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Even After Decades, Europe’s Turkish Diaspora Struggles for Recognition

Europe’s Turkish Diaspora

Today, Turkish diaspora communities encompassing roughly 5.5 million people are spread across Europe, forming one of the continent’s largest migrant groups and the largest Muslim-majority community. But 60 years and at least four generations later, many people from the Turkish diaspora still feel like second-class citizens in Europe.

A Literary Consecration of Genocide Denial

A Literary Consecration of Genocide Denial

The Swedish Academy’s embrace of Handke comes at a time when far-right movements worldwide have also seized elements of 1990s Serbian nationalism as fuel for violent fantasies from Utøya, Norway, to Christchurch, New Zealand.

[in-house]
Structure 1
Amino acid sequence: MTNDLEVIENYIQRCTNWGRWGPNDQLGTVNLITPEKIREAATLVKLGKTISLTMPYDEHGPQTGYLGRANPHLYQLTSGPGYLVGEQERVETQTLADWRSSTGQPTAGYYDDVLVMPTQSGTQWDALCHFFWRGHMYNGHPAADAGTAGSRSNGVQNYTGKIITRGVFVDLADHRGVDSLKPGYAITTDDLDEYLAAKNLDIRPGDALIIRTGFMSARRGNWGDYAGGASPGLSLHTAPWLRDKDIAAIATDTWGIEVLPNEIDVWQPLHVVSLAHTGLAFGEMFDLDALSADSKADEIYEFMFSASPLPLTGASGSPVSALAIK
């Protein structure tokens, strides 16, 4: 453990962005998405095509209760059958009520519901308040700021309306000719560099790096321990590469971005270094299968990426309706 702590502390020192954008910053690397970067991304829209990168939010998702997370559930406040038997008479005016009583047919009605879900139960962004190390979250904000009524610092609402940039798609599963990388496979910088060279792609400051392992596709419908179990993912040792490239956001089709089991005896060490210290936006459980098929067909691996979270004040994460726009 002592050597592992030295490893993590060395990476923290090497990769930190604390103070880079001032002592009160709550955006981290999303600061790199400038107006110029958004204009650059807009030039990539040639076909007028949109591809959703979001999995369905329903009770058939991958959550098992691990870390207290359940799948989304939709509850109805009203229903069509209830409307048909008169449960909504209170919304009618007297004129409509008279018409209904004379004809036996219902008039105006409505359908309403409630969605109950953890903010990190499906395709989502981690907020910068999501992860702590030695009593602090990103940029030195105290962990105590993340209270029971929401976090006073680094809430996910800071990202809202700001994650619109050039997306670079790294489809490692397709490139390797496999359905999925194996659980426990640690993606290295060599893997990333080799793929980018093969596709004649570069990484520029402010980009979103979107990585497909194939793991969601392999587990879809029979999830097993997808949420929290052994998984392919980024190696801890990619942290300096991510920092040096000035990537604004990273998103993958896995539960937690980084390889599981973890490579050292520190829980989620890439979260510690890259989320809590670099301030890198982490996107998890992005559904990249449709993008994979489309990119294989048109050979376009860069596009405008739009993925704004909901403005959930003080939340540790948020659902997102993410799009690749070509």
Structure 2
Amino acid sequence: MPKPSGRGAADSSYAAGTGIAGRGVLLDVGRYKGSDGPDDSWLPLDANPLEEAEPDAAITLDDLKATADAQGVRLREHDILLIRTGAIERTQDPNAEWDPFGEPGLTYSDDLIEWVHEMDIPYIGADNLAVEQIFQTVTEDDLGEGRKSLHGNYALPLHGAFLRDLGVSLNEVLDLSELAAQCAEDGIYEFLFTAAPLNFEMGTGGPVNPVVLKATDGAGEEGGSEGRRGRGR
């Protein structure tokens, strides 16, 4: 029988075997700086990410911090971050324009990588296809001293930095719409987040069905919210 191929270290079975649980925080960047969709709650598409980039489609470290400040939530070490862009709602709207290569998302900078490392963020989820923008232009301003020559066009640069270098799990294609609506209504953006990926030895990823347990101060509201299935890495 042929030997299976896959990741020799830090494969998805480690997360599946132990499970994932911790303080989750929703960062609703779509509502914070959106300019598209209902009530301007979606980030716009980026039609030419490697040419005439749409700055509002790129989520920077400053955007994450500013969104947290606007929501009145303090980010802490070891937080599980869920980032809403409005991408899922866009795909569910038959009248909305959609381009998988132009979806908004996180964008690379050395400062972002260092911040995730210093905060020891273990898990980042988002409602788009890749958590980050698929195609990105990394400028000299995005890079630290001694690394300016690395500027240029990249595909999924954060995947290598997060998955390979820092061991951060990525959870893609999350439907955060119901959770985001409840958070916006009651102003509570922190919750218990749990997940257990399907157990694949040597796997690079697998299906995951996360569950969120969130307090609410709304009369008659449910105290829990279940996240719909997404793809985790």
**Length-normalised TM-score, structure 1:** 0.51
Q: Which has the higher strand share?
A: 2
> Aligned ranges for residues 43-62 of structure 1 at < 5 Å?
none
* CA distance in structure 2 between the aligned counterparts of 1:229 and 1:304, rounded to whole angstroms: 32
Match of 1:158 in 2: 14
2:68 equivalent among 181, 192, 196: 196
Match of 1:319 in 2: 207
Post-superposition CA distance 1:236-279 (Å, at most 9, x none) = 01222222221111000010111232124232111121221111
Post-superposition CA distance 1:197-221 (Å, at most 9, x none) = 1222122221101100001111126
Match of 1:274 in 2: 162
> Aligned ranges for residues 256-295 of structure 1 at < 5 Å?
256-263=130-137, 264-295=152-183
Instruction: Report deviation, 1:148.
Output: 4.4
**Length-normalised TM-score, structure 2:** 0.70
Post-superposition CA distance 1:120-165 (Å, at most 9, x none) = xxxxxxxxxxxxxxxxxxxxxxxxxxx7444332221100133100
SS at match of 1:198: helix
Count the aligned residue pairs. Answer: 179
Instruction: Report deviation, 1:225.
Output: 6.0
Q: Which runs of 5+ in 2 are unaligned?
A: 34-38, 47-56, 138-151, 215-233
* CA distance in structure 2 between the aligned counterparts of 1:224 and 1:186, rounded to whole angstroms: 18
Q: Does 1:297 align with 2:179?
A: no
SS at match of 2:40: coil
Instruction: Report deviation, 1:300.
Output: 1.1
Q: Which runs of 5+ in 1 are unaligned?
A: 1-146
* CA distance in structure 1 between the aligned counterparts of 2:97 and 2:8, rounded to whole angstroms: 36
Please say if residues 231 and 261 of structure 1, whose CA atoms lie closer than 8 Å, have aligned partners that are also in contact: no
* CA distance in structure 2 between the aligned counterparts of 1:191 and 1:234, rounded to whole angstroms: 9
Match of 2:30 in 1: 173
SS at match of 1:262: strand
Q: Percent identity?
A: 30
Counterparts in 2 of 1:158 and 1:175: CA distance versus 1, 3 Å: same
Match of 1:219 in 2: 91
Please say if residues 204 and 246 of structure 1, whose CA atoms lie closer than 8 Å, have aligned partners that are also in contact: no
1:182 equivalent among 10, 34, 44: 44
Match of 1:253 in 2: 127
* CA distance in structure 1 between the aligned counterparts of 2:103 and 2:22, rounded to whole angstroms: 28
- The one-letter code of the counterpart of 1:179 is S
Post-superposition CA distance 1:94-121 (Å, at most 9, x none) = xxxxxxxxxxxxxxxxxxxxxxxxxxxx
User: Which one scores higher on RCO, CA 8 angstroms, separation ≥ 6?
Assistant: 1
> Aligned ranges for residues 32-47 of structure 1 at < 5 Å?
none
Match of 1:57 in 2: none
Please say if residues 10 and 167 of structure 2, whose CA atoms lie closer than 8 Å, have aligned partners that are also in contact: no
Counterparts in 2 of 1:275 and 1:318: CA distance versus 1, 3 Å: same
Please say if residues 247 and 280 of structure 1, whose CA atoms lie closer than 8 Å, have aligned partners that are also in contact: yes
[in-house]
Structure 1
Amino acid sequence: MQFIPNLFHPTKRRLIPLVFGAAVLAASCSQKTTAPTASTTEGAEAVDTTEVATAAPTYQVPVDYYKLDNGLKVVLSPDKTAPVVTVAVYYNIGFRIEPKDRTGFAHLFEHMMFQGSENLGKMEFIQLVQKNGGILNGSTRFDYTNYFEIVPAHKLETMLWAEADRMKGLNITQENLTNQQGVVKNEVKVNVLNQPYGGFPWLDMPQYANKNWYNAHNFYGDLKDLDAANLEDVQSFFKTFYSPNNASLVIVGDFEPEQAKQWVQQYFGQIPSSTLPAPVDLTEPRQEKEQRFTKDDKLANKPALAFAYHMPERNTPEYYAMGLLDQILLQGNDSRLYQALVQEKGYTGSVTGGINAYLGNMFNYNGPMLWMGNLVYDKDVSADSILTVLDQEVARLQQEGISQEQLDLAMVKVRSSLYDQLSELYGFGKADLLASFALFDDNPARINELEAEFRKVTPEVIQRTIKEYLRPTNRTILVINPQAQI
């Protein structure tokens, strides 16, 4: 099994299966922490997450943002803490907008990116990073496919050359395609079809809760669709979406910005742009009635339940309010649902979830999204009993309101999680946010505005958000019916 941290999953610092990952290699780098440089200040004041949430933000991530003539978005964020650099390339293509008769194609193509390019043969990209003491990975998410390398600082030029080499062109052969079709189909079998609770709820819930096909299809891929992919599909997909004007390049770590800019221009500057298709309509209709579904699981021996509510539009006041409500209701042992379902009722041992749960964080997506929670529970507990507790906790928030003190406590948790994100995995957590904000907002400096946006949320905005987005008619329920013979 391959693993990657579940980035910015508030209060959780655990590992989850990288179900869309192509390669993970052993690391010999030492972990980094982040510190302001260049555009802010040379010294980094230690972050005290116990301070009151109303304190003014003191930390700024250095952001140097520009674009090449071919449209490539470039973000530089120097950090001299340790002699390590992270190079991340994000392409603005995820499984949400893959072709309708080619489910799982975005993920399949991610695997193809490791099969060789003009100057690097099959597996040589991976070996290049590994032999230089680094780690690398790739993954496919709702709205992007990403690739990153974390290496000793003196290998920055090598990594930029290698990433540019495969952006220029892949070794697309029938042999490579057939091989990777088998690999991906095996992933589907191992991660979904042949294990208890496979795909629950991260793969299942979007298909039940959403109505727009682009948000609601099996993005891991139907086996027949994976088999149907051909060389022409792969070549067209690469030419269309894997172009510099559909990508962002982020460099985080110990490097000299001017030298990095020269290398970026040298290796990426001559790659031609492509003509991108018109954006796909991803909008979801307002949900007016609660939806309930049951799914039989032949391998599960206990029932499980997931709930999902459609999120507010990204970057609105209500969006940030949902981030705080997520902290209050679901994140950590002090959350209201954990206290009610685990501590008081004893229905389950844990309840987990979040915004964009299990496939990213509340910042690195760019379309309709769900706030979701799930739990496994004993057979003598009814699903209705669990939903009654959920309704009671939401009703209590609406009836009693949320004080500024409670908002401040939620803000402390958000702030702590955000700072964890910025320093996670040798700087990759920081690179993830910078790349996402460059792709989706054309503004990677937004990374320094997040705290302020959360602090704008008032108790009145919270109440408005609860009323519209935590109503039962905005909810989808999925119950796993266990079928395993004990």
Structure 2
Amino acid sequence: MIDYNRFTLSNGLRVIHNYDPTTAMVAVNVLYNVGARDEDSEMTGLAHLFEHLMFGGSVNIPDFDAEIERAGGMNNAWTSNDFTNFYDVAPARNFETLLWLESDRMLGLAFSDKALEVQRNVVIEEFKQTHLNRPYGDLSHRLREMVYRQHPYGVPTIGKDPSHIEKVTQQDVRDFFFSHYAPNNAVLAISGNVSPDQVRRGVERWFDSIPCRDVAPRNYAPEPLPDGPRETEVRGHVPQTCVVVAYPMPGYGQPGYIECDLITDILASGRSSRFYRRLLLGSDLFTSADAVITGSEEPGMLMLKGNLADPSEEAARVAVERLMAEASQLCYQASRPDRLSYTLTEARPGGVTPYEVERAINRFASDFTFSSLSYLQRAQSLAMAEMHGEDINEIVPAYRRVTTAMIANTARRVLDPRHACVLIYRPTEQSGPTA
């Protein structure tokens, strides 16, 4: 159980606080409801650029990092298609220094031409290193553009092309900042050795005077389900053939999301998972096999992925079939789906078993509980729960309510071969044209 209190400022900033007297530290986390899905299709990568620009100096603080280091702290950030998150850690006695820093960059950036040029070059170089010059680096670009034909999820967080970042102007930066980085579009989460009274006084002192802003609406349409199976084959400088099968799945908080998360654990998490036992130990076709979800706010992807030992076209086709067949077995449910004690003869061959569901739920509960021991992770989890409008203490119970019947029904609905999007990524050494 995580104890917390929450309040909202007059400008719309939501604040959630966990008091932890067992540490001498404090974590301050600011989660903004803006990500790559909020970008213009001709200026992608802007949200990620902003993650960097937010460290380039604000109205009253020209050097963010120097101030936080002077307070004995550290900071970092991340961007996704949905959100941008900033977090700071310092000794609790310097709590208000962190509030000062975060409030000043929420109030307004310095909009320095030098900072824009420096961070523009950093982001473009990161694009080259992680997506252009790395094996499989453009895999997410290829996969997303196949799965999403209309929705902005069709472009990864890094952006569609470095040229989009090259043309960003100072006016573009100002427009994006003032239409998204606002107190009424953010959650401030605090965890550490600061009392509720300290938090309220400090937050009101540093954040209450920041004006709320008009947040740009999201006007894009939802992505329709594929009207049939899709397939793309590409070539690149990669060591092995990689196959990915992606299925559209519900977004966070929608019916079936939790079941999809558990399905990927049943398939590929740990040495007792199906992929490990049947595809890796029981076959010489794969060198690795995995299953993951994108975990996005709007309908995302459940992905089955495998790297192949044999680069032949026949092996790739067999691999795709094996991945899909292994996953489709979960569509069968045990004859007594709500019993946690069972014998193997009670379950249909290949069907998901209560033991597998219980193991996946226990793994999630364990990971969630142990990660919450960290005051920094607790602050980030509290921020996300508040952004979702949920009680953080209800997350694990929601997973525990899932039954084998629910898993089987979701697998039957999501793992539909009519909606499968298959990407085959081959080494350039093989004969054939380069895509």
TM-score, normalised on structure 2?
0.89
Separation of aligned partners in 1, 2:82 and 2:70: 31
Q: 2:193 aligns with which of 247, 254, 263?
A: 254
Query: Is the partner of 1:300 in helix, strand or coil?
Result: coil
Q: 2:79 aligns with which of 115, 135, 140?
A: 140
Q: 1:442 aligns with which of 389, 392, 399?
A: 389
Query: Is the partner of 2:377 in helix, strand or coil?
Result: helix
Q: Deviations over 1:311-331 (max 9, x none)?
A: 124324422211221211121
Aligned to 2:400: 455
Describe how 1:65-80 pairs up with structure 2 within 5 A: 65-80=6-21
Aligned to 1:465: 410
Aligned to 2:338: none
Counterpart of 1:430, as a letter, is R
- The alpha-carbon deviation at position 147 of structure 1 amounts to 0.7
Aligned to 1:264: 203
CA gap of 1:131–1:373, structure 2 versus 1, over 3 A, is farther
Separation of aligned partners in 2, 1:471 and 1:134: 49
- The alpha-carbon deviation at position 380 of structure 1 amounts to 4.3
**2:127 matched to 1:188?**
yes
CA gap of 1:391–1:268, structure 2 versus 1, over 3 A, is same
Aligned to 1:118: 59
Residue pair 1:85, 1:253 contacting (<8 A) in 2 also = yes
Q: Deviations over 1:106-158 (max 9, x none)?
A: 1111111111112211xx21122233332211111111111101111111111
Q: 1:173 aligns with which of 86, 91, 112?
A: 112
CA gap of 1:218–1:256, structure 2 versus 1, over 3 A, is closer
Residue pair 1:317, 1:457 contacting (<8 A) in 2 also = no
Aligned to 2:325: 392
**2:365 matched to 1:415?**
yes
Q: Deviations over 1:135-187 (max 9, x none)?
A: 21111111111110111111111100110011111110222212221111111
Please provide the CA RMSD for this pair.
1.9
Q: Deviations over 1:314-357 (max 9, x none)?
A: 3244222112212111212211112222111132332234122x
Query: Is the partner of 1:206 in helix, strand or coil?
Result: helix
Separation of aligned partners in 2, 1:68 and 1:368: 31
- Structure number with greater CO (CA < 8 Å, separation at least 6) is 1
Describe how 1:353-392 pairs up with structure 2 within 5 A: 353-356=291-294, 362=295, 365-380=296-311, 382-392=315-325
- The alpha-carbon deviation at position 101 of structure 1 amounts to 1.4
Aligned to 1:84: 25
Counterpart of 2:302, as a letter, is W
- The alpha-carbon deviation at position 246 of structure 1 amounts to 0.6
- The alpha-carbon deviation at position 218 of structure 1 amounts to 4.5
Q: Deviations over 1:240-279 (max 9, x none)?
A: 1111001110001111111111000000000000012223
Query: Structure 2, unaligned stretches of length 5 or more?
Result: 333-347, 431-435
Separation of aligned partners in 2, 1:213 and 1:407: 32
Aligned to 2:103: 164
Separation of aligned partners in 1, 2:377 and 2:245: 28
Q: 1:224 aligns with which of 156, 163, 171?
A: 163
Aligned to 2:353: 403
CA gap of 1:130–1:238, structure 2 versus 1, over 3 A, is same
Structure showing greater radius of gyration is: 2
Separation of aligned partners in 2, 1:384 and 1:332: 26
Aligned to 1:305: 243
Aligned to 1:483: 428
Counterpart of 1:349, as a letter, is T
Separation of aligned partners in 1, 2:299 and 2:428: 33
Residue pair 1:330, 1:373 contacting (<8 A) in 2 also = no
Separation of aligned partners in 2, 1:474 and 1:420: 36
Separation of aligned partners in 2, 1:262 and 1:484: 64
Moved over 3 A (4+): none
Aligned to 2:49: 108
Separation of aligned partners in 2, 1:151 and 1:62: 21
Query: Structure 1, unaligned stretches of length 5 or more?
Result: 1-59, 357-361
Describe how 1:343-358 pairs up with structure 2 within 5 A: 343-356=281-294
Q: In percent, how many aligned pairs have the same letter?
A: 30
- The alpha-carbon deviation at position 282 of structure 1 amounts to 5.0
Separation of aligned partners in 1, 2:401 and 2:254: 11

Germany’s ‘Gray Wolves’ and Turkish Radicalization

Germany’s ‘Gray Wolves’ and Turkish Radicalization

Calls within the EU to designate the Ülkü Ocaklari, also known by the moniker “Gray Wolves,” as a terrorist group are portrayed as a crackdown on Turkish far-right extremism. But it raises questions on broader issues about assimilation and inclusion of Turkish immigrants in Europe.

Burcu Ozcelik
Why There’s Hope for Libya

Why There’s Hope for Libya

Libya now has a unified national government that resulted from a peaceful transition of power and handover by the two rival governments. Two top U.N. envoys to Libya say they could have hardly imagined this development a year ago when they were serving in the United Nations.

Stephanie Williams,
Ghassan Salamé